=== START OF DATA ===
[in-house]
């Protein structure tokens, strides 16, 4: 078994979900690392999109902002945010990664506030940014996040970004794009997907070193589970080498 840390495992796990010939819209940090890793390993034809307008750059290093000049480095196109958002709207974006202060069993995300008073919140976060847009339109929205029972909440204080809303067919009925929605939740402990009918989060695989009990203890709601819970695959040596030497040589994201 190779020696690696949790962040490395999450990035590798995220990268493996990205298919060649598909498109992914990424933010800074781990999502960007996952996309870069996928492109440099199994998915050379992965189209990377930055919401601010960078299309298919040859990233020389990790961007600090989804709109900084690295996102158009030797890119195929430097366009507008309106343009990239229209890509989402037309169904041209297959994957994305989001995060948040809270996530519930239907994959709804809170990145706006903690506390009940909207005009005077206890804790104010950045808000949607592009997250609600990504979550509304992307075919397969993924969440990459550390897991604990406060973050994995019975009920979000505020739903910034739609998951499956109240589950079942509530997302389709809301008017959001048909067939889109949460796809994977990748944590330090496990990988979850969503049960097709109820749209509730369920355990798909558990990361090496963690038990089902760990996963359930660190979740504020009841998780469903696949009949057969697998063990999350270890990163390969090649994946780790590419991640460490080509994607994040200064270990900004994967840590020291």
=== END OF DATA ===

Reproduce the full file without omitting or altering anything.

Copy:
[in-house]
């Protein structure tokens, strides 16, 4: 078994979900690392999109902002945010990664506030940014996040970004794009997907070193589970080498 840390495992796990010939819209940090890793390993034809307008750059290093000049480095196109958002709207974006202060069993995300008073919140976060847009339109929205029972909440204080809303067919009925929605939740402990009918989060695989009990203890709601819970695959040596030497040589994201 190779020696690696949790962040490395999450990035590798995220990268493996990205298919060649598909498109992914990424933010800074781990999502960007996952996309870069996928492109440099199994998915050379992965189209990377930055919401601010960078299309298919040859990233020389990790961007600090989804709109900084690295996102158009030797890119195929430097366009507008309106343009990239229209890509989402037309169904041209297959994957994305989001995060948040809270996530519930239907994959709804809170990145706006903690506390009940909207005009005077206890804790104010950045808000949607592009997250609600990504979550509304992307075919397969993924969440990459550390897991604990406060973050994995019975009920979000505020739903910034739609998951499956109240589950079942509530997302389709809301008017959001048909067939889109949460796809994977990748944590330090496990990988979850969503049960097709109820749209509730369920355990798909558990990361090496963690038990089902760990996963359930660190979740504020009841998780469903696949009949057969697998063990999350270890990163390969090649994946780790590419991640460490080509994607994040200064270990900004994967840590020291």